The holiday-shortened week ahead amounts to a tempest of economic signals that will help traders confirm or deny their newfound interest-rate expectations.

The orderly drip of data last week was enough to slice the odds of a funds rate cut in 2007 to below 50%. It seems the economy's Achilles' heel may be on the mend.

Both the manufacturing and housing segments made a strong showing in April, and next week's data culminates in a quadruple-whammy on Friday that will clue investors into whether the upswing continued into May. Friday brings possible confirmations on falling inflation, the tight labor market, stable consumer spending and improving manufacturing activity.

Last week, a much stronger-than-expected new home sales report surprised investors, and a third monthly rise in durable goods orders proved that the inventory correction and manufacturing slump in the U.S. is likely over. To boot, initial jobless claims were once again low, pointing to a steady, if not falling, unemployment rate.

With housing and inventory drags abating, investors can more comfortably embrace the notion that the first quarter of 2007 was the trough in terms of economic growth. And, if the economy looks up from here, the

Federal Reserve

can comfortably wait for unemployment to increase before considering a fed funds rate cut.

But most observers say that even if next week's data confirm the market's suspicions that growth is improving, expecting rate hikes would be too extreme.

"While the macroeconomic risks stemming from housing's recession appear to be fading, consumer spending will still grow more slowly, and that lessens the need for a rate hike," says John Lonski, chief economist at Moody's Investors Service.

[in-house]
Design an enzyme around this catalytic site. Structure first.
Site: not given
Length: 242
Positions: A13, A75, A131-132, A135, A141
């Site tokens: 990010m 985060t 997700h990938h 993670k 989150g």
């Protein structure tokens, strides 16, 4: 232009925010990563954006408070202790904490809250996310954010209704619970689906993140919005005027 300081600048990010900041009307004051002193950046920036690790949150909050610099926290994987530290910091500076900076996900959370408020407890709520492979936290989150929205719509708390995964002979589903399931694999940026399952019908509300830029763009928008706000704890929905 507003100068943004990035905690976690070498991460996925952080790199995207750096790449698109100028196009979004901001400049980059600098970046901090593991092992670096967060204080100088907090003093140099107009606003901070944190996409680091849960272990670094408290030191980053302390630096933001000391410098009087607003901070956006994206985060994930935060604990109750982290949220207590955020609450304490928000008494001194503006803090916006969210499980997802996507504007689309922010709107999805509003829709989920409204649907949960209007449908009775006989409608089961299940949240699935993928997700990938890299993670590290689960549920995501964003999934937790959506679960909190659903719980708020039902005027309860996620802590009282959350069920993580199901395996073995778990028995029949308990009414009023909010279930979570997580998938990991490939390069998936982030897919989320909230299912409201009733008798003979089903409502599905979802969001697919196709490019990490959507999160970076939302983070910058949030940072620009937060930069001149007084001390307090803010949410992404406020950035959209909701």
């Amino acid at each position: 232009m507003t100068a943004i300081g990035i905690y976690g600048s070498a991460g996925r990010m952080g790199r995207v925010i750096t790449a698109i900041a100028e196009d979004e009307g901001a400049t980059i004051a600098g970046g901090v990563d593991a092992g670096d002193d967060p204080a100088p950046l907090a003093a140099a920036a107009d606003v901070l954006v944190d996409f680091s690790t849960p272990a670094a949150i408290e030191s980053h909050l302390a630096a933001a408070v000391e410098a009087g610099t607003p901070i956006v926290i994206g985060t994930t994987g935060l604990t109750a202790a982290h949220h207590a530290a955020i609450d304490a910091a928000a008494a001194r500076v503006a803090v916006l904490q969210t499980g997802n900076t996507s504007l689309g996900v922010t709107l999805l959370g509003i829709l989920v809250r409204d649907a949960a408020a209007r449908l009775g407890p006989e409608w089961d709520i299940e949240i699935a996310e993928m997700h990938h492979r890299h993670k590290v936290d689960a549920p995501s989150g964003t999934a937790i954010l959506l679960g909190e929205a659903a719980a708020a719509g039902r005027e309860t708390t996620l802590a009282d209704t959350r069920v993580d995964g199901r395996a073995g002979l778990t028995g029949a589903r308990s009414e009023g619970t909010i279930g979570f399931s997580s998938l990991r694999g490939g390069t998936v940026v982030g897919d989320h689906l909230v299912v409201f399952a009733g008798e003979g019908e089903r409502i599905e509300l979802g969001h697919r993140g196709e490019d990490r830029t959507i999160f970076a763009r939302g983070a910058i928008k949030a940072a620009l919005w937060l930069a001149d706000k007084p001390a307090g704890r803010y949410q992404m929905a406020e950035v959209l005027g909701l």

Reaccelerating growth sounds peachy for stocks, but traders say removing the dangling rate-cut carrot means

adjusting to a new and different trading environment -- one with higher interest rates and less conviction about the Fed's safety net.

Indeed, the

S&P 500

fell back from trading at a new record high three times this week, ending Friday down on the week by 0.04% to close at 1515.72. The

Dow Jones Industrial Average

also ended the week down 0.4% to close at 13507.28. The

Nasdaq Composite

was flat on the week, ending down just over one point at 2557.19.

As the S&P 500 bumped up against its record high, the yield on the 10-year Treasury note likewise bumped up against its 2007 high as bond investors rethink what has been a pessimistic economic view. The 10-year finished the week at 4.86%, up from 4.80% last Friday.

TGIF? We'll See

"The stock market will be digesting data next week, which reaches a crescendo Friday," says Art Hogan, chief market analyst at Jefferies & Co. But, Hogan adds there's sure to be supports for the stock market like deal-making to keep a floor on any nervous pullback.

Friday morning is "ridiculous," says Lonski.

The headlining act is May's nonfarm payrolls and unemployment report. The consensus of analysts expect the Bureau of Labor Statistics will report that the U.S. added 130,000 new jobs in May, and that unemployment remained steady at 4.5%. The unemployment rate, more than the payrolls growth, is key to the Fed outlook.